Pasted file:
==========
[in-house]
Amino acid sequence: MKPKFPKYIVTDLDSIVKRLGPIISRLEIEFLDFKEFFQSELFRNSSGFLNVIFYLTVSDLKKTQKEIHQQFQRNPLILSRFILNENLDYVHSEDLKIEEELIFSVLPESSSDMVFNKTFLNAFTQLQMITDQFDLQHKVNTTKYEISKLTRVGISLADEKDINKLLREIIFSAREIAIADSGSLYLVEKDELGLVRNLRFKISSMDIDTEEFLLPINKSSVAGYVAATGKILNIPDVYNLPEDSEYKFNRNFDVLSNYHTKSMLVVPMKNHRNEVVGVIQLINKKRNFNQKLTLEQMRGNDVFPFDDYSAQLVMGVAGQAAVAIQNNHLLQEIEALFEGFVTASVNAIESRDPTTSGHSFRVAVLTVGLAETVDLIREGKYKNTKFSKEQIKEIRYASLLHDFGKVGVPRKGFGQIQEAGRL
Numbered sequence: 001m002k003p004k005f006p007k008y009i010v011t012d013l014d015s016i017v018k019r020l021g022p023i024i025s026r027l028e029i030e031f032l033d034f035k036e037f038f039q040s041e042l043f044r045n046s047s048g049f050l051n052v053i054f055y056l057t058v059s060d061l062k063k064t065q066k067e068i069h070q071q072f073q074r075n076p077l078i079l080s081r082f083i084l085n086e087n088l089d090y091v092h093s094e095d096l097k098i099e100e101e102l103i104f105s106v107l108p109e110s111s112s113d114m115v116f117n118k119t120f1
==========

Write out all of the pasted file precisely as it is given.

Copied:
[in-house]
Amino acid sequence: MKPKFPKYIVTDLDSIVKRLGPIISRLEIEFLDFKEFFQSELFRNSSGFLNVIFYLTVSDLKKTQKEIHQQFQRNPLILSRFILNENLDYVHSEDLKIEEELIFSVLPESSSDMVFNKTFLNAFTQLQMITDQFDLQHKVNTTKYEISKLTRVGISLADEKDINKLLREIIFSAREIAIADSGSLYLVEKDELGLVRNLRFKISSMDIDTEEFLLPINKSSVAGYVAATGKILNIPDVYNLPEDSEYKFNRNFDVLSNYHTKSMLVVPMKNHRNEVVGVIQLINKKRNFNQKLTLEQMRGNDVFPFDDYSAQLVMGVAGQAAVAIQNNHLLQEIEALFEGFVTASVNAIESRDPTTSGHSFRVAVLTVGLAETVDLIREGKYKNTKFSKEQIKEIRYASLLHDFGKVGVPRKGFGQIQEAGRL
Numbered sequence: 001m002k003p004k005f006p007k008y009i010v011t012d013l014d015s016i017v018k019r020l021g022p023i024i025s026r027l028e029i030e031f032l033d034f035k036e037f038f039q040s041e042l043f044r045n046s047s048g049f050l051n052v053i054f055y056l057t058v059s060d061l062k063k064t065q066k067e068i069h070q071q072f073q074r075n076p077l078i079l080s081r082f083i084l085n086e087n088l089d090y091v092h093s094e095d096l097k098i099e100e101e102l103i104f105s106v107l108p109e110s111s112s113d114m115v116f117n118k119t120f1